• Letting the tangzhong sit overnight is technically optional, but it gives a much better flavour if you allow the tangzhong to rest.
  • If my cookie dough doesn’t look like it’s covered in sugar…it’s because I forgot that step. And so my bread noticeably didn’t have the extra crunch that the sugar would have given.
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Warabi Mochi

I suck at buying presents, so usually I just make something edible (which means I get to eat the “present” as well). But when I asked my sister what she wanted for her birthday, she replied with warabi mochi, a traditional Japanese confectionery which required loads of specialty ingredients. Of course she did.

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I didn’t have a small enough container so I had to shove the mochi into a corner of my brownie tin and balance everything with a measuring jug. That’s lateral thinking.

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Warabi mochi is a soft, jelly-like dessert that’s quite different from normal mochi, in that it has more of a gelatinous texture rather than a chewy one. I personally prefer warabi mochi, especially the more traditional ones actually made out of bracken instead of the corn starch that I use.

Warabi mochi is usually served with kinako (roasted soybean flour) and kuromitsu (something like molasses?). And this trinity is a  w i n n i n g  combination, especially in the summertime. The warabi mochi itself doesn’t have much of a flavour, it just serves as a refreshing vehicle to deliver the earthy flavour of the kinako and the sweetness of the kuromitsu.

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It’s best to eat the warabi mochi right after making as the texture deteriorates over time. I got the recipe from here and watched this to get a better idea of what to do.

Ingredients

Warabi mochi

  • 50g corn starch (or わらび餅粉 warabimochiko if you can get it)
  • 2 tbsp sugar
  • 300ml water (see notes)
  • Kinako (きな粉, enough to coat the warabi mochi)

Kuromitsu

  • 50g unrefined brown sugar (黒糖, kokutou, looks like this)
  • 50g white sugar
  • 50ml water

Method

Warabi mochi

  1. Mix the starch and the sugar in a pot. Then add in the water and mix well.
  2. Heat over medium heat until the mixture thickens, stirring constantly.
  3. When the mixture is translucent, remove from heat.
  4. Pour the mixture into a rectangle container of a suitable size, such that the mixture is 1 inch thick. Place the container in an ice bath for 10 minutes, or until the warabi mochi is about room temperature.
  5. Unmould the warabi mochi onto a wet surface and cut into cubes using a wet knife. Place the cubes into room temperature water after cutting for easier handling.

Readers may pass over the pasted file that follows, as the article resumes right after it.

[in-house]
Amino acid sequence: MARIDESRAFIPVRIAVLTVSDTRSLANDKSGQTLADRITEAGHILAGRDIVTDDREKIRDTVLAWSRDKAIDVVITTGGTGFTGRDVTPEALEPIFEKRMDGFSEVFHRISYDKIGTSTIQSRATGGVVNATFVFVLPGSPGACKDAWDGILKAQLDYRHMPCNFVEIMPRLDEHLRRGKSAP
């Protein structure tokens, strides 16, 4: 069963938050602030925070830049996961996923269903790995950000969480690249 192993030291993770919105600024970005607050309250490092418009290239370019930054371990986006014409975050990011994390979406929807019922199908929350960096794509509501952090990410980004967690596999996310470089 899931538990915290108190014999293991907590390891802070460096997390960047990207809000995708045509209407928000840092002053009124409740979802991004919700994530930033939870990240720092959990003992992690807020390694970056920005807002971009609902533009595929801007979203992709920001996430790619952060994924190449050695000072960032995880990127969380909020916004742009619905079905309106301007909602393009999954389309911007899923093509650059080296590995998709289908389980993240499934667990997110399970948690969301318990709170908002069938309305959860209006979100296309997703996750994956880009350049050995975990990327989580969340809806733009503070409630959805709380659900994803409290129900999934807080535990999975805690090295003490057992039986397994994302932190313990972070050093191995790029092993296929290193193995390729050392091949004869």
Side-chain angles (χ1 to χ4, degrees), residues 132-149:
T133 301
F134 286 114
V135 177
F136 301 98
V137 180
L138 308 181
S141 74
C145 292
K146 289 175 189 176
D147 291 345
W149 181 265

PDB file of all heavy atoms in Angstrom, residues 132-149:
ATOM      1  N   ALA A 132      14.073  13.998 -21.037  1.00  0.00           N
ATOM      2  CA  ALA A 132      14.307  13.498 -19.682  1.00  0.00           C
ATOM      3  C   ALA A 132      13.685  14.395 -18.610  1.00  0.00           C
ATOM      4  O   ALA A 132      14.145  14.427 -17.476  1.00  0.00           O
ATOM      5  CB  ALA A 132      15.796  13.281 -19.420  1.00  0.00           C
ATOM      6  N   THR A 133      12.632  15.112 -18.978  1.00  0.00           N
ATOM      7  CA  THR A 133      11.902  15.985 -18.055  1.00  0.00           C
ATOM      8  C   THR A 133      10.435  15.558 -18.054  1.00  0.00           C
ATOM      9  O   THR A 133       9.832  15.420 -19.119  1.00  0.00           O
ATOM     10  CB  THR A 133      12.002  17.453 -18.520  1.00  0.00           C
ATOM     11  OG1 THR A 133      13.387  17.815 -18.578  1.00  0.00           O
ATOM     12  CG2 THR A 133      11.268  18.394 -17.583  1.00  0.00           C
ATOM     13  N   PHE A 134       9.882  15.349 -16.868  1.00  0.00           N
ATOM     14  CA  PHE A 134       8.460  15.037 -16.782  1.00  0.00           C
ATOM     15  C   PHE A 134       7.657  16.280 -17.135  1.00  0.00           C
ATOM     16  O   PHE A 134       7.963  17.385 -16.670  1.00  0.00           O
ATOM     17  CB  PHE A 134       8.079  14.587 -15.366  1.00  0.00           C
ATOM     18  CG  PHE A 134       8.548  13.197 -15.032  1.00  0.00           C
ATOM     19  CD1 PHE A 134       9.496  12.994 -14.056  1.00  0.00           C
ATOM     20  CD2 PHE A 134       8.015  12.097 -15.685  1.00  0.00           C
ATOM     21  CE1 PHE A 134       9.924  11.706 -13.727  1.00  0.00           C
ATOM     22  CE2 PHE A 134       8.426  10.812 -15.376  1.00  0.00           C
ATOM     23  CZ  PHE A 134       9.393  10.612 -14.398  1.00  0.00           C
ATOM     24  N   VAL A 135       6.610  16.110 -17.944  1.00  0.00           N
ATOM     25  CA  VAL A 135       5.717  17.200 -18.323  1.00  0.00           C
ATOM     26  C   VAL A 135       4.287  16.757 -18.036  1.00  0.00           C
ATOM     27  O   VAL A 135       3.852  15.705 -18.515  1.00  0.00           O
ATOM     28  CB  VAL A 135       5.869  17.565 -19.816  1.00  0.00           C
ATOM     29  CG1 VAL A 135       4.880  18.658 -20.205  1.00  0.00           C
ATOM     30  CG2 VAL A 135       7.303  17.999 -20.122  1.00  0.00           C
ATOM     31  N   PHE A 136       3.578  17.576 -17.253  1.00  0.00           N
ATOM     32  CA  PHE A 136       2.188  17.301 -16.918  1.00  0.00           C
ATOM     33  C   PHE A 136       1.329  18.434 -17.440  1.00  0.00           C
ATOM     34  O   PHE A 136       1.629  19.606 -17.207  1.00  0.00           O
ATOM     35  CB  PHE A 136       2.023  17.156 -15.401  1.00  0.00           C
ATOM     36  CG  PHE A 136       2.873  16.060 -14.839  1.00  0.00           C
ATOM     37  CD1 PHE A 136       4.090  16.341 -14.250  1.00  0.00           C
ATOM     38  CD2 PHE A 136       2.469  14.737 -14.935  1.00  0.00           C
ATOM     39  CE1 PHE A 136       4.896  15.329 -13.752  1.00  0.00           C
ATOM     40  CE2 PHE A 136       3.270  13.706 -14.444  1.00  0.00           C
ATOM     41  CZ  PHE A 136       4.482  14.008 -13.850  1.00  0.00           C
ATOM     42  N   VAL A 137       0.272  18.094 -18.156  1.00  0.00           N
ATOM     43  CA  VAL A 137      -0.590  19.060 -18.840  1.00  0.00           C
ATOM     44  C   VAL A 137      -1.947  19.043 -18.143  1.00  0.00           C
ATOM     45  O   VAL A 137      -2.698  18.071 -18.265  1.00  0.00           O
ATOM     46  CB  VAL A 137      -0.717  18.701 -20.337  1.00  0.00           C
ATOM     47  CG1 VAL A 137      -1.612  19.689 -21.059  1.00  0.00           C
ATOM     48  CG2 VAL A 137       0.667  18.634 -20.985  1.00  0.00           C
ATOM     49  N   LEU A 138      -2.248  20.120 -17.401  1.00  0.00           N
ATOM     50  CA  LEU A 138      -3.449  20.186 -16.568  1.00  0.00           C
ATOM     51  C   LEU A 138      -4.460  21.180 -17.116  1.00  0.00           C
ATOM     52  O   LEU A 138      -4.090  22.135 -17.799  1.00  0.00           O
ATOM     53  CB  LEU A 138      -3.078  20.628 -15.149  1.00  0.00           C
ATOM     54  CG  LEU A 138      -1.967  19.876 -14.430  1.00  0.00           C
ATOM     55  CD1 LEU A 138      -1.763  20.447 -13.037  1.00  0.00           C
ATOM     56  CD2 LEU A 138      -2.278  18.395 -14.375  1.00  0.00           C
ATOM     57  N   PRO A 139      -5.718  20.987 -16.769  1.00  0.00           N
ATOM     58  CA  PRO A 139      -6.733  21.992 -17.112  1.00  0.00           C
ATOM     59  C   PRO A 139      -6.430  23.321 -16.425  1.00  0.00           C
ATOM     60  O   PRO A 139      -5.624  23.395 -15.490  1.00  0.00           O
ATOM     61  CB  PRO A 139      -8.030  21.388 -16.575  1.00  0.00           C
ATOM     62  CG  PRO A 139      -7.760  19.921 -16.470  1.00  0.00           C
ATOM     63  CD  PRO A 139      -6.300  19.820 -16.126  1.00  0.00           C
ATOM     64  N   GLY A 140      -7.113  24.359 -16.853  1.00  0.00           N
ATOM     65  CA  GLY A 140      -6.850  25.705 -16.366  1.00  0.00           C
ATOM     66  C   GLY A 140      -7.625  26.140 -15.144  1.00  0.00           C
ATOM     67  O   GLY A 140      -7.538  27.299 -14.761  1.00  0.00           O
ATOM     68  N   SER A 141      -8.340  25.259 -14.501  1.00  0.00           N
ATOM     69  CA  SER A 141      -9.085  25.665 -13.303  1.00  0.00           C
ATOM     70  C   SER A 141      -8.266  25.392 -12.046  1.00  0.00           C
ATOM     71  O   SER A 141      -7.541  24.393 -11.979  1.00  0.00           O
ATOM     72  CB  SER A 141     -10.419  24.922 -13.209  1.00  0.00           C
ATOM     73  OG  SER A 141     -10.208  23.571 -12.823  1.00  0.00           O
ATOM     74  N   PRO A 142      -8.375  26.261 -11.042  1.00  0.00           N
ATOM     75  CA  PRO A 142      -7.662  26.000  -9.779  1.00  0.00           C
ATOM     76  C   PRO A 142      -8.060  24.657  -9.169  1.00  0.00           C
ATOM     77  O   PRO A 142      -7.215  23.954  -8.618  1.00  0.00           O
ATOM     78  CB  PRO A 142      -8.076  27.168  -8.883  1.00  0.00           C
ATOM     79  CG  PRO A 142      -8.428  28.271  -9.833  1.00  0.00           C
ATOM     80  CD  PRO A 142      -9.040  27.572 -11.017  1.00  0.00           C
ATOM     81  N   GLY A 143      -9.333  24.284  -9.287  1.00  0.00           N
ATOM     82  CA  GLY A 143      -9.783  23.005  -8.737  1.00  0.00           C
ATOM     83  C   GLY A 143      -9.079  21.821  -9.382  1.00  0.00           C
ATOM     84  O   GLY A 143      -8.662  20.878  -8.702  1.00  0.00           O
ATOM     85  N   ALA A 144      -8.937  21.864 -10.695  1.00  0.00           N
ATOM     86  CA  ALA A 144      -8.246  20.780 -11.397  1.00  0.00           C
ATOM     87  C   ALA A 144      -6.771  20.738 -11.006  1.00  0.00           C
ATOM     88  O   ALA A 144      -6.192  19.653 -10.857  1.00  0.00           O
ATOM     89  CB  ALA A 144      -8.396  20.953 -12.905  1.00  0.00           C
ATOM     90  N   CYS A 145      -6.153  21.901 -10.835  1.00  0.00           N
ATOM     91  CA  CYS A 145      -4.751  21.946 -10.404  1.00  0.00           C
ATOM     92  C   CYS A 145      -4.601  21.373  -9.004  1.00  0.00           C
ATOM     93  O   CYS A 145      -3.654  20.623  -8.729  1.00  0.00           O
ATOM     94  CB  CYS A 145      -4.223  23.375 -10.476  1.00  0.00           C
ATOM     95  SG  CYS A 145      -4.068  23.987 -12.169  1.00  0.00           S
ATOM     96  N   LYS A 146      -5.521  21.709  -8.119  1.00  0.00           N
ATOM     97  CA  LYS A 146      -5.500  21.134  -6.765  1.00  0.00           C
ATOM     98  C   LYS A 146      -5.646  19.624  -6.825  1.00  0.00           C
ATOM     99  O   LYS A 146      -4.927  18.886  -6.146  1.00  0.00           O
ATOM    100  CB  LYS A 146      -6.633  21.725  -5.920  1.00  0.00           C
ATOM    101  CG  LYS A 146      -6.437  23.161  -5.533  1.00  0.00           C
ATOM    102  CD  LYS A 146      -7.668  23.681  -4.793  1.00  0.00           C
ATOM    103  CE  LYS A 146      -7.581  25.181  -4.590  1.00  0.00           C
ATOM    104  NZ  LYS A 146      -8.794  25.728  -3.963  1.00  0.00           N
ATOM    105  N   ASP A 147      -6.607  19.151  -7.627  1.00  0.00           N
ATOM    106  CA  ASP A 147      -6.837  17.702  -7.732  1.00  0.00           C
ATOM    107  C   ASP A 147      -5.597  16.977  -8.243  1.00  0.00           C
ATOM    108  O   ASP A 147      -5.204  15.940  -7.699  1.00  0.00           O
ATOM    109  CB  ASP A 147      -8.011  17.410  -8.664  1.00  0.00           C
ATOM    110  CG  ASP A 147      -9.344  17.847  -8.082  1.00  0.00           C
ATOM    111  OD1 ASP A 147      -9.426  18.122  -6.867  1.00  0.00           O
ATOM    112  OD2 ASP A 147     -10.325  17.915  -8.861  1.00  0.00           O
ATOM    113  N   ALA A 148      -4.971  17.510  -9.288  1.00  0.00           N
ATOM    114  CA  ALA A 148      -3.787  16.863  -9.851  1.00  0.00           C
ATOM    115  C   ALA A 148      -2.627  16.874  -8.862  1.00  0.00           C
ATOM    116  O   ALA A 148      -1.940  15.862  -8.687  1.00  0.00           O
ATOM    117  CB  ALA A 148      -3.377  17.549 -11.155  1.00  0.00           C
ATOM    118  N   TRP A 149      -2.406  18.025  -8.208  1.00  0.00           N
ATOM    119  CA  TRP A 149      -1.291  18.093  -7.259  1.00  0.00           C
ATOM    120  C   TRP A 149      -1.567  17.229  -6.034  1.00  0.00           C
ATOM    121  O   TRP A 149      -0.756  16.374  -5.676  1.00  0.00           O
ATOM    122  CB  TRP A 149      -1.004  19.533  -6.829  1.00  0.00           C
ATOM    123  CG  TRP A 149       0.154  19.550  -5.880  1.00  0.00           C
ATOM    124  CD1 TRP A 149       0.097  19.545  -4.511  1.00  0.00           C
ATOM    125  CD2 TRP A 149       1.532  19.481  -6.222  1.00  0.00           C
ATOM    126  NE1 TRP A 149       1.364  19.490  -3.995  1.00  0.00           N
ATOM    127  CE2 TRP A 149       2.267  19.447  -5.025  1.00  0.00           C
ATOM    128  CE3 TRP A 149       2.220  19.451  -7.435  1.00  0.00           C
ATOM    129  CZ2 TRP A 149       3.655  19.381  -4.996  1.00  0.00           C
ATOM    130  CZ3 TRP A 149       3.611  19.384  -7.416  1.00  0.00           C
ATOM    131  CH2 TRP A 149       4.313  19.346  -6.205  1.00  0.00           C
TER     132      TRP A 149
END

Kuromitsu

  1. Mix the sugars and water in a saucepan and heat until the mixture is boiling and all the sugar is dissolved.
  2. Remove from heat and cool to room temperature.

Assembly

  1. Sprinkle the warabi mochi pieces with kinako and drizzle with kuromitsu.
  2. Serve immediately.

Notes

  • If you’re using corn starch instead of warabimochiko, the warabi mochi is going to have a bit of a unpleasant aftertaste to it. You don’t really taste it with the kinako and the kuromitsu masking it, but it’s still best to use the warabimochiko. The recipe source suggests making the warabi mochi with green tea instead of water to mask this aftertaste, but I didn’t try that so I don’t know if that works.
  • I got all the ingredients from Daiso, basically a Japanese dollar store, so if you have one around your area yay.
  • For storage, store the warabi mochi separate from the kinako and the kuromitsu. Don’t store in the fridge or the warabi mochi will lose its soft texture.
  • Some people say that dark muscovado sugar can be substituted for kokutou, but they don’t look alike to me so I can’t vouch for this substitution.

Shiro Anpan (Buns with Sweetened White Bean Paste)

Continuing to live vicariously through food. In this case compensating for not actually being in Japan.

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This sticky mucus-y water roux is the first step to making fluffy Asian-style bread. I was a bit weirded out by it at first but the results are goooood.

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And no, I don’t have two of the same bowl, I just combined two images to save on the limited memory allocated to me with my free wordpress account (student life). I don’t even know why I thought it was important to show both images.

But moving on.

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I had some leftover sweetened white bean paste (shiro-an) from my attempt at wagashi and read that shiro anpan’s a thing. I eat normal anpan (with sweetened red bean paste) all the time in Singapore, so I was really excited to try this variation on it. I thought that the shiro-an had a bit of a lighter and more delicate flavour than normal sweetened red bean paste.

By the way, sweetened bean paste is a common thing in East Asian desserts. Some of my (non East Asian) friends get a bit weirded out by the idea of it but give it a try!